Influential businessman from Nitra, Norbert Bödör, learned about plans to detain him in early December 2018, and came to the police himself. He wanted to give a testimony in the murder case of investigative journalist Ján Kuciak and Martina Kušnírová.
The media asked at the time how it was possible that Bödör had learned about the plans of the police. Most recently, the Stop Corruption Foundation in cooperation with the Aktuality.sk website found out that only a few days before this happened, the Special Prosecutor’s Office issued an order to detain Bödör.
However, it was cancelled shortly thereafter.
Neither the Special Prosecutor’s Office nor the police wanted to comment on the case.
Influence over police suggested
The investigation team working on the Kuciak and Kušnírová murders decided in late November 2018 to detain Bödör due to the suspicions of committing crime. Both prosecutors and police were afraid that he could have tried to influence the witnesses, so the Special Prosecutor’s Office issued the order to detain him.
However, it was withdrawn only 27 minutes later, as the Denník N daily wrote.
Few days later, Bödör turned himself in to police.Related articleRead more
This train of events has been confirmed by two independent sources. This means that the cancellation of the order was not directly related to Bödör’s decision to come to the police since it happened few days later, Aktuality.sk wrote.
Bödör said in an interview with the Sme daily in May 2019 that he did not know about the order to detain him. He decided to go to the police since there had been unknown vehicles parked close to his house.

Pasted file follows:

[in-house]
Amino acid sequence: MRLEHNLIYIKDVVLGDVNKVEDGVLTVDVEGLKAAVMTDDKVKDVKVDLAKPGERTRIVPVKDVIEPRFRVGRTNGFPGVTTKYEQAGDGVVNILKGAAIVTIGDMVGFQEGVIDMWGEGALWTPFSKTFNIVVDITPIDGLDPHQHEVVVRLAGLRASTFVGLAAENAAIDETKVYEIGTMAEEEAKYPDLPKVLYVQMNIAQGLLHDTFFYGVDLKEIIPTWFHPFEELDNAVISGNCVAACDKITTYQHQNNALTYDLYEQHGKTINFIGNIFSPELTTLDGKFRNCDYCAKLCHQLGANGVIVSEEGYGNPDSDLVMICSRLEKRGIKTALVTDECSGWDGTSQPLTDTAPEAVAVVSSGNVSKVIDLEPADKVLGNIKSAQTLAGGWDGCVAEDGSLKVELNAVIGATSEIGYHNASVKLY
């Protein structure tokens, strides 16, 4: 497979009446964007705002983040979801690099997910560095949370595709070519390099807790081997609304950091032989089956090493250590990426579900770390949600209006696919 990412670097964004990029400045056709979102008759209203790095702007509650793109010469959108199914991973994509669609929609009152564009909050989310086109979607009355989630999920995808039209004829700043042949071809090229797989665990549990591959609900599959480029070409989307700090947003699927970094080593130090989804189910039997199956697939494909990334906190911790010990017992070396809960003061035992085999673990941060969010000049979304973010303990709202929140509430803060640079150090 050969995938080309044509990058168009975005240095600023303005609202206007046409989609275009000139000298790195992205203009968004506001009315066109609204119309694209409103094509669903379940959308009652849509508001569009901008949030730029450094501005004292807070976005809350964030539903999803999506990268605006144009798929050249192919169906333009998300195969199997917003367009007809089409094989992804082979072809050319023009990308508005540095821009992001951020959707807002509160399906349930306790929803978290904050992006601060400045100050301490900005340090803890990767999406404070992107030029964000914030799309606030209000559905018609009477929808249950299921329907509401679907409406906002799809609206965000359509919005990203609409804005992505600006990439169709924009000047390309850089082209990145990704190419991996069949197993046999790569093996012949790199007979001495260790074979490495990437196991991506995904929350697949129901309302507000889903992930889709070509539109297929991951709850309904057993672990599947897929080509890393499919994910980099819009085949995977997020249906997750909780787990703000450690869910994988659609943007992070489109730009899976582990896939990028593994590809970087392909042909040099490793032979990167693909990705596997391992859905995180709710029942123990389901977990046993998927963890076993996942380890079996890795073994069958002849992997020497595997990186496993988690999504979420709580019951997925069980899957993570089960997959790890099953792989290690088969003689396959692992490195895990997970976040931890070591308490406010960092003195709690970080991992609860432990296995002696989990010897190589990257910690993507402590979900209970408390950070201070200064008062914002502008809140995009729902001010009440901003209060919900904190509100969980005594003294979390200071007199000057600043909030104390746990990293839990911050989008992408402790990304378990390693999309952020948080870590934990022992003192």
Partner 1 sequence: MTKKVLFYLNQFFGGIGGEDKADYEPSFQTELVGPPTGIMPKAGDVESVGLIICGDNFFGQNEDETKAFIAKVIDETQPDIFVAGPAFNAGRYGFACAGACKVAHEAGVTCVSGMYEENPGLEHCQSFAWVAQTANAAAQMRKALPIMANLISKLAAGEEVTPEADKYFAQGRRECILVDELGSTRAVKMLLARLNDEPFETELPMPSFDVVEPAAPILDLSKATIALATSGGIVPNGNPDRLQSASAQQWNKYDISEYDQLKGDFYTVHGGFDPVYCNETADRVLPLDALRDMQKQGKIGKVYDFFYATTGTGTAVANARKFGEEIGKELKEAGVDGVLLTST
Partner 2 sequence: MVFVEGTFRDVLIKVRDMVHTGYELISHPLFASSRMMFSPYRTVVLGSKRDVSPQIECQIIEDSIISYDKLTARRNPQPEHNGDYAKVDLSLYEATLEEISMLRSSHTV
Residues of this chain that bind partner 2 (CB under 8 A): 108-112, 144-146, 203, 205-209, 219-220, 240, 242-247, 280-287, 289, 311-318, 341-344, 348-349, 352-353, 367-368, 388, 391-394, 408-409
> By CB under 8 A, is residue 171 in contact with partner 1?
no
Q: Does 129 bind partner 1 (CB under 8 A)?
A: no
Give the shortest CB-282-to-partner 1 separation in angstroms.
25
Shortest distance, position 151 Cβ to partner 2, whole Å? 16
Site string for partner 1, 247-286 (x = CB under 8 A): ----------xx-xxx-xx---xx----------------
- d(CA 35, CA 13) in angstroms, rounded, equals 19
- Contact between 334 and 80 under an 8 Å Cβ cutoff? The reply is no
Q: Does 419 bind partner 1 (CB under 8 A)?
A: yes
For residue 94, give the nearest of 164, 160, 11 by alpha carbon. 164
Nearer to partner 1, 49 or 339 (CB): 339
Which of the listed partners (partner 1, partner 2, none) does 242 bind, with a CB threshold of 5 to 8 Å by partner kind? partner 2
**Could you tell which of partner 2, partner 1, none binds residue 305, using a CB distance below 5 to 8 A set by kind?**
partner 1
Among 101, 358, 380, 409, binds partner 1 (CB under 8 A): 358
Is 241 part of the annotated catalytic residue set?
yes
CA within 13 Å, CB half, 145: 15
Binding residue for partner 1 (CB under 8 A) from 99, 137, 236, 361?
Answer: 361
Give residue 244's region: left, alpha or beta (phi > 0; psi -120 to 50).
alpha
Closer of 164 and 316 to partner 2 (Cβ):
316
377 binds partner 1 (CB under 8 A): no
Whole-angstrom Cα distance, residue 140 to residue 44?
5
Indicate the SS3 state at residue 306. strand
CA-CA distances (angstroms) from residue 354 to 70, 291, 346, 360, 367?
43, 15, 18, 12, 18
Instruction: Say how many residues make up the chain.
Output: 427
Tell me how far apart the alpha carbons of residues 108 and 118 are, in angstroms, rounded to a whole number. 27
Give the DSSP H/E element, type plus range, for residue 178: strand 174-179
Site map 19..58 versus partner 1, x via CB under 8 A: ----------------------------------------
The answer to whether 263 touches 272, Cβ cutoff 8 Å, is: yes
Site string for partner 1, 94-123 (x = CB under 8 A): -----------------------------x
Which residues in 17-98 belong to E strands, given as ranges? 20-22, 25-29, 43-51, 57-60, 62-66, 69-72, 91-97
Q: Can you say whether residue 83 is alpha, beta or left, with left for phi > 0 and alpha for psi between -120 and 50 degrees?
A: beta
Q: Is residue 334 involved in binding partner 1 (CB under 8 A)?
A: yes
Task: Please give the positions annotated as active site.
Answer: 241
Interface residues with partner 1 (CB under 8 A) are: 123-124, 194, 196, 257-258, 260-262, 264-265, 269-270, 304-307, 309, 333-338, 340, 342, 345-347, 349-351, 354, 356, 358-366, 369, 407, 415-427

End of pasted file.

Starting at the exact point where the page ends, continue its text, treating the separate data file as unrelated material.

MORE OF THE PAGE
Norbert Bödör is the son of Miroslav Bödör, the owner of the biggest security service company Bonul, which has earned money on state orders during the Smer-led governments.
The recently published communication between Norbert Bödör and Marian Kočner suggests that they both had big influence with both police and the prosecutor’s office.
Special Prosecutor’s Office not commentingRelated articleRead more
Cancelling an order after it has been issued is not common. It is only done if the circumstances change.
It is not clear what has happened in this case yet, Aktuality.sk wrote.
Apart from cancelling the order to detain Bödör, the prosecutors stopped all action concerning this person, according to the Stop Corruption Foundation.
“The supervising prosecutors of the Special Prosecutor’s Office will not comment on concrete actions to prevent marring the ongoing investigation,” said the Special Prosecutor’s Office, as quoted by Aktuality.sk.
The police told the website to contact the Special Prosecutor’s Office since it is the only institution entitled to inform about this case, the website wrote.
7. Aug 2019 at 14:12 | Compiled by Spectator staff